With tomorrow comes the first day of May, a lovely holiday, the start of my final month at work here in Austria (until September, anyway) and the beginning of another six week language challenge!
Now, I’ve been involved in these challenges off-and-on for the last couple of years (I think?) but it’s always the summer ones that I find the most useful. There’s usually more time as school and university end and, I don’t know, I think there’s just something about having more daylight that makes me, at least, feel a lot more motivated to knuckle down and study.
However, though I’ve been involved in this challenge a lot, I’ve never really written anything consistent and comprehensive about it. That’s a shame, because as far as challenges go, this one is incredibly useful – you can feel like you’re challenging your own time or the times other people have reached and there aren’t any downsides I can think of if you’re spending more time with your target language.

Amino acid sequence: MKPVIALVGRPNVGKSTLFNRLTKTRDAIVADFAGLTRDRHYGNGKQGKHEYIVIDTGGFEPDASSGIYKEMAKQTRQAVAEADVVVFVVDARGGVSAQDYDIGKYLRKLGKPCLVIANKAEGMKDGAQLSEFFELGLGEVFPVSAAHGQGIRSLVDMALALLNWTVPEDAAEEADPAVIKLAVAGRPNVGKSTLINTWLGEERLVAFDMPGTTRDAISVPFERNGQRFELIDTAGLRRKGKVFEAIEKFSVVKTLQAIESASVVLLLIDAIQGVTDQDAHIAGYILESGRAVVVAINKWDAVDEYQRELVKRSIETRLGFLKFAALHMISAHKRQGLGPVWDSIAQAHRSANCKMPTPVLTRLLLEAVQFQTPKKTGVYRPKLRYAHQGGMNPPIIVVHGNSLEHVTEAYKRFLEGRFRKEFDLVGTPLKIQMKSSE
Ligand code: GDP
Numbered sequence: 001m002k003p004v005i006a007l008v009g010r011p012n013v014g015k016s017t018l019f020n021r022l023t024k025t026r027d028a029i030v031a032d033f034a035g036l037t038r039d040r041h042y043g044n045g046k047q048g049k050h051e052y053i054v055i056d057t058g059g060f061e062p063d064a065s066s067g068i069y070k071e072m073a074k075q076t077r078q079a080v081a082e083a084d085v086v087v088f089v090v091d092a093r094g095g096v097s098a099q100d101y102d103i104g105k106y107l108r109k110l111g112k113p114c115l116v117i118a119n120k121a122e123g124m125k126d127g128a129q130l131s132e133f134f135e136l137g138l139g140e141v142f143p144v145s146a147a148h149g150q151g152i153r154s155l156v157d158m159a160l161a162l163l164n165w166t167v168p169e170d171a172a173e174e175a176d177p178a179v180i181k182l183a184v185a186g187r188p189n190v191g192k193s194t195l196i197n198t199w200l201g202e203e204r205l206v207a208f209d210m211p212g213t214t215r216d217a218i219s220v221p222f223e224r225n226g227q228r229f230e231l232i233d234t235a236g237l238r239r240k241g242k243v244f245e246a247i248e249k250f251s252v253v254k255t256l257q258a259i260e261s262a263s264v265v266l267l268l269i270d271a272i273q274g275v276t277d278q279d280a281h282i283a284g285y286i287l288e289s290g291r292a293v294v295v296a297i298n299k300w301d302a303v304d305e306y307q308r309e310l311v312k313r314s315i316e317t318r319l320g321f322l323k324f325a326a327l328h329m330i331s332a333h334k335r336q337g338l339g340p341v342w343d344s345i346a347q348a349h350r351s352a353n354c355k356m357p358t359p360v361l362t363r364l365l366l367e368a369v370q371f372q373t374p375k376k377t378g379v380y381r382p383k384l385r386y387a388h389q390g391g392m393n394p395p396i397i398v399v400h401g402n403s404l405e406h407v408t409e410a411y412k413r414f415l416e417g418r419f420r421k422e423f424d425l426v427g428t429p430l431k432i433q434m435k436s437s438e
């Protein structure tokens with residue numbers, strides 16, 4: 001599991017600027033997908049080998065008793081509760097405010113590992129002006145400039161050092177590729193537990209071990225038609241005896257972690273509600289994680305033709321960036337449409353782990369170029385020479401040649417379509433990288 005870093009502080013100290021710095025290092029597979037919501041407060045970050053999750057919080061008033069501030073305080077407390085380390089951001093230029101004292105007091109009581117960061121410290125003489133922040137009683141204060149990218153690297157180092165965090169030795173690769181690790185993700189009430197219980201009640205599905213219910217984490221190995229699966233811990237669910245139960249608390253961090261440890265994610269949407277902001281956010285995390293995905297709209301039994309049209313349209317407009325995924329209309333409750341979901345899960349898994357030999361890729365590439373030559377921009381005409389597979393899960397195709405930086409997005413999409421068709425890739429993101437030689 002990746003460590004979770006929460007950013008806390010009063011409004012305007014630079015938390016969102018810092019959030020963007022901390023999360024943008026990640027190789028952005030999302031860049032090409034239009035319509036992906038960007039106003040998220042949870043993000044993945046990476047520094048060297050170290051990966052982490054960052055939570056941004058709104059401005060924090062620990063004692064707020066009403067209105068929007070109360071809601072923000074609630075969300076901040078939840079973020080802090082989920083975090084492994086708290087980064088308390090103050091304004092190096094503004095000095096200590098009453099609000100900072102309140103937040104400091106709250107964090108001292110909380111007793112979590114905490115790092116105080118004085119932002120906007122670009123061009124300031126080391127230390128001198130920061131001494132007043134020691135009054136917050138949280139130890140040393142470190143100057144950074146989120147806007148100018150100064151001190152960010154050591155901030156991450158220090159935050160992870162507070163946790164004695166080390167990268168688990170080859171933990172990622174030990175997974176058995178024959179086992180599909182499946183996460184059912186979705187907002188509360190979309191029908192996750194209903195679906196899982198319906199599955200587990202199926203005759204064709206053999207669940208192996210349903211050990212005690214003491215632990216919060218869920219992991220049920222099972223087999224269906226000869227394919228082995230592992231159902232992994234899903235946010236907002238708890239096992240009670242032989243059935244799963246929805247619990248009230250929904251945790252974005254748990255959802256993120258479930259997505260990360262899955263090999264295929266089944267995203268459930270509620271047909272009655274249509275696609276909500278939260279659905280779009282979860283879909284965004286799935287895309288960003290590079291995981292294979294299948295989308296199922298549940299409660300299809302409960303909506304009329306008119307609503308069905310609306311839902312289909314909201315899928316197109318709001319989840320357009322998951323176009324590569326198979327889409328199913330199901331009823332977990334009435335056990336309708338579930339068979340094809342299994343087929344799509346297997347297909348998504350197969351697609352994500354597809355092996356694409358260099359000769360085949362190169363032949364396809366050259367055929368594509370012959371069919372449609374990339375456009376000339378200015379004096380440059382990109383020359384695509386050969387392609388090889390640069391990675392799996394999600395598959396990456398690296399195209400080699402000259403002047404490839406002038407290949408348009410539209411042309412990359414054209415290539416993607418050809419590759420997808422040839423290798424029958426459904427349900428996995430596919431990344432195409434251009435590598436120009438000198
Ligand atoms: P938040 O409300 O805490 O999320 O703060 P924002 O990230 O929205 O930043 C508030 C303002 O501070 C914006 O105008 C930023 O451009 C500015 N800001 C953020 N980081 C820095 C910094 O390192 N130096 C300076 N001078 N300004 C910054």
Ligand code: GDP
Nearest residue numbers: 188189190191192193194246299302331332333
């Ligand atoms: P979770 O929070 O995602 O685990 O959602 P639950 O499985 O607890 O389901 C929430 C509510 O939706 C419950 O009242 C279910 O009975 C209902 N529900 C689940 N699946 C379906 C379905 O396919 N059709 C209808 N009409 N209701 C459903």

So, for the people who want to take part in the six week challenge and haven’t before – or for those who have but want some tips – here are my ideas on how you should prepare for it!
1. Choose your language
This can be the tricky bit or the easy bit, depending on how your language learning is going. The rules state (and there are rules, though honestly if you break them then you’ve no one to answer to but yourself. It’s all about your progress, remember) that ideally you will be learning a new language; though considering there are four 6WCs a year, that’s not always achievable. Not everyone wants to learn a new language every time, of course. So if you want to choose a language you’re already studying, you should be below B1 level (or intermediate) in that language.